By Peter Kitune
In a blog post, Twitter said they had found that prompts led 34% of people to revise their initial reply or to decide against sending their reply at all.
Users composed, on average, 11% fewer offensive replies after being prompted for the first time, Twitter said. They were also less likely to receive offensive and harmful replies back. t seems, however, that you can still swear at your friends.
Twitter said the prompts are designed to consider the nature of the relationship between the accounts that tweets and the account that replies.
“If two accounts follow and reply to each other often, there’s a higher likelihood that they have a better understanding of preferred tone of communication,” the blog post said.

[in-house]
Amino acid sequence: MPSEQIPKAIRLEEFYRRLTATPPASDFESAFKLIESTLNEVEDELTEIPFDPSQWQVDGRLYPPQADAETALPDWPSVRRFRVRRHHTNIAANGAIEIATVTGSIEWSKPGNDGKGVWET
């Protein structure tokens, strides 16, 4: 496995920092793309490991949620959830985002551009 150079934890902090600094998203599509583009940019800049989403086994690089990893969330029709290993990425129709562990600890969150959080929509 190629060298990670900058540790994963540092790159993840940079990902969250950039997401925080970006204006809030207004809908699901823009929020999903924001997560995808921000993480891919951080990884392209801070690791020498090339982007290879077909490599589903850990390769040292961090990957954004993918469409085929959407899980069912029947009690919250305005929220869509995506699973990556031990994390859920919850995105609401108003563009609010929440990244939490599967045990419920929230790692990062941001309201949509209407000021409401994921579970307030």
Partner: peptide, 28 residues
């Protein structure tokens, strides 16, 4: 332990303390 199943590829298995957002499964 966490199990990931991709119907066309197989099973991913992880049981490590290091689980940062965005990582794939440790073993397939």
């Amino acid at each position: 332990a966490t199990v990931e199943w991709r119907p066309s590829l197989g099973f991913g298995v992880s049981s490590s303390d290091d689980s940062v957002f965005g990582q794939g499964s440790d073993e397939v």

Witter’s most recent statistics, for January to June last year, show that the platform removed potentially offensive content posted by 1.9 million accounts, and suspended 925,700 accounts for violating Twitter rules.
The debate over content moderation has recently become more intense, because of decisions taken by social media giants against public officials, particularly former US President Donald Trump.
Mr. Trump was banned from a number of platforms, including Twitter and Facebook, following the Capitol Hill riots on 6 January. Although many believe platforms should be more aggressive in policing online abuse and false information, many see Mr. Trump’s ban as an act of political censorship.